April 15, 2020, Day 37 in hiding from the Taxman (get it, April 15, tax deadline? Oh, never mind).
Fear: He woke up to a dry cough. Not his. Hers. Was she okay? The coughing woke her as well. When she sat up, she said she was exhausted. He was immediately concerned. He was out shopping a few days before. Wore a mask, gloves. Thought he wiped down everything he brought in. Did he miss something? She hadn’t gone anywhere herself. She knew she couldn’t. Her immune system was too compromised from her stage four cancer. Now she was showing symptoms. She had a fever. What should they do? No way were they going to an ER. So they waited a bit. The next day she was worse. She called her oncologist, who told her to come to the hospital downtown. The oncologist would alert the ER so they would be prepared. When they got there they were directed to a tent, where she was taken and tested. She had the signs. They admitted her, but he wasn’t allowed to go with her. She texted that she was scared. They had to take her phone. A contamination issue. No more contact. A doctor called. She was getting worse. Could a ventilator help? Maybe, but we don’t have enough. What? They are all in use. I didn’t believe him. Was it a stage four cancer protocol? He was vague, was sorry. Would see what he could do. That evening he called. His voice was soft, low. She didn’t make it. She passed. Alone. Without her husband. Without her children. With only strangers. Who probably tried to console her, but had to do so behind masks and gowns. My last vision of her walking toward a hospital door, looking over her shoulder at me, terrified, mouthing my name. Eyes wet with tears.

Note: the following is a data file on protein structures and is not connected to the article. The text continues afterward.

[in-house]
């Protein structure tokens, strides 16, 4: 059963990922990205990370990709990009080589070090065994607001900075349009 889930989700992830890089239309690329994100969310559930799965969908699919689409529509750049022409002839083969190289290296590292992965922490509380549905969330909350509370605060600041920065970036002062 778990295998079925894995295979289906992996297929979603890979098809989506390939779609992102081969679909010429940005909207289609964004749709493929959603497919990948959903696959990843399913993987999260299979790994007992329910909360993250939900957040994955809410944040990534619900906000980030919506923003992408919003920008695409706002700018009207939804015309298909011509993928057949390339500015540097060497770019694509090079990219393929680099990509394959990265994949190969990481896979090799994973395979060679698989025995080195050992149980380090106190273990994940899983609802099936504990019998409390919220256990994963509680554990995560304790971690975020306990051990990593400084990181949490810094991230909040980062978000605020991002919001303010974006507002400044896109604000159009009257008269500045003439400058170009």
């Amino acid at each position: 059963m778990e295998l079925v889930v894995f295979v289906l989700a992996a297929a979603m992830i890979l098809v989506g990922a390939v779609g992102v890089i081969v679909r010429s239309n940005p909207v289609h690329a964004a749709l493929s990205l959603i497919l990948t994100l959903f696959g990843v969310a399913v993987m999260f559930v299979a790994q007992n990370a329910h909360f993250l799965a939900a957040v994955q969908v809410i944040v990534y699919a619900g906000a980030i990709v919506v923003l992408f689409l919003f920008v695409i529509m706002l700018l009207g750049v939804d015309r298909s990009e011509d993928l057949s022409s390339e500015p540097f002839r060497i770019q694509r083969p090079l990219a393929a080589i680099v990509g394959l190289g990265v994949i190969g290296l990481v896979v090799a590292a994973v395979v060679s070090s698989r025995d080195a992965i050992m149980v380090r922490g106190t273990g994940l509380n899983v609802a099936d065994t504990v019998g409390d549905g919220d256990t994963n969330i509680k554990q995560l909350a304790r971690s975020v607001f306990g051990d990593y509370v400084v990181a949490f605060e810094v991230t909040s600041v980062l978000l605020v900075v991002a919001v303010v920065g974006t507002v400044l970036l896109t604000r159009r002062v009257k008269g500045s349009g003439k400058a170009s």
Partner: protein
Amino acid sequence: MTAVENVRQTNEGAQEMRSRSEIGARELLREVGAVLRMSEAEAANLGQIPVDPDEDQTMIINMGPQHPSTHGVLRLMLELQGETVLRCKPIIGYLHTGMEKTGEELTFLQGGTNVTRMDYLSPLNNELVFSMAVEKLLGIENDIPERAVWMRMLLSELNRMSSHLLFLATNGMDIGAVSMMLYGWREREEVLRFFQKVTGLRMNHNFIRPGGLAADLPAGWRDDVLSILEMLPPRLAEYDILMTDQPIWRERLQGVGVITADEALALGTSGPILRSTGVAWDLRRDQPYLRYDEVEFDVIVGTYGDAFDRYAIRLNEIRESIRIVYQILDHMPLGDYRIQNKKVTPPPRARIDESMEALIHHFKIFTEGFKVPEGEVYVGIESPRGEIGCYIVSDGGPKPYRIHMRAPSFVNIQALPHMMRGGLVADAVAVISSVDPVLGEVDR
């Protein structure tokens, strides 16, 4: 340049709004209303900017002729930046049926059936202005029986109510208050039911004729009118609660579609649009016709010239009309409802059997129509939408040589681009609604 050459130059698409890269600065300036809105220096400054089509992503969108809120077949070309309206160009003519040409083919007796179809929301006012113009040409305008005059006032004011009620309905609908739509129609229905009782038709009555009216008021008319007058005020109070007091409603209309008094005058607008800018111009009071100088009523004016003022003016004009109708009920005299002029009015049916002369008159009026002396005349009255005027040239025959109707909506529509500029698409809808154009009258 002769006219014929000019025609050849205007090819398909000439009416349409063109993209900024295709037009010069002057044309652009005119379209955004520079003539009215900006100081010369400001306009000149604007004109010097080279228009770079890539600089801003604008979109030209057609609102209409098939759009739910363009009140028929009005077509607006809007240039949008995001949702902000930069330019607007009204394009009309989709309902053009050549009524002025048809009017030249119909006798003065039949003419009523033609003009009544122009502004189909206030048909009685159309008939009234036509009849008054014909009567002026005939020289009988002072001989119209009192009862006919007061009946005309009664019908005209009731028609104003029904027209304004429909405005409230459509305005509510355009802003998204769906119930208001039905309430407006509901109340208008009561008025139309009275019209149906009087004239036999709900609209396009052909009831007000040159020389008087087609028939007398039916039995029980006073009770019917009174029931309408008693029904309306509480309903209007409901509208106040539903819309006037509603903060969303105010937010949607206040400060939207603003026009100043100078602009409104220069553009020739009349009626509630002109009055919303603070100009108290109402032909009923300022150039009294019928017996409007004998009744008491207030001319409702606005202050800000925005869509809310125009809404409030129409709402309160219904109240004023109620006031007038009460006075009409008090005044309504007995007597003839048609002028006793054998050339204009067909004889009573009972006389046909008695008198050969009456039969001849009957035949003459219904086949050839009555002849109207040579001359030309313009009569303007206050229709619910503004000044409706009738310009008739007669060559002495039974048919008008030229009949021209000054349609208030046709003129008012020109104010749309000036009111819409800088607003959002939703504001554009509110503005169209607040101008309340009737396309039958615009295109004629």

That is my fear. That is what sits deep inside every time I think about going outside, seeing other people. It is both irrational and real. That something so horrible could be so close.
Sorry: So usually I try to bring levity to this blog, but felt compelled to go a different direction today. No, this didn’t actually happen. At least to us. But it has happened to so many others and I simply can’t imagine what that must be like. My heart goes out to every family who is struggling with this.
On the Other Hand: I read a commentary in the New York Times a few days ago that was critical of some humorous anecdotes during these times. Well, guess what? That is the human condition. Yes, there is sadness. But we still have to cope. Have to deal. Have to find a way to understand, process and move on. That’s what human beings do.
Shout Out: Jeremy Mudd, MD, Resident in the ER at New York Presbyterian Hospital. At risk every day. And the added trauma of having to deal with situations like the one above. Those are the kind of images that stay burned in a young doctors life forever. Stay safe, Jeremy, be well, and do the best you can.
2 thoughts on “Life in the Time of Corona #12”
This is my fear too. I spent one night in the hospital in the midst of this pandemic and it was terribly lonely. So quiet and so isolated. Like nothing else. Love and light to you both. ❤️
My heart stopped in terror as I read through the blog … I know this is happening to so many, but I am beyond thankful it’s not you. Sending you love and light. 💙💗💚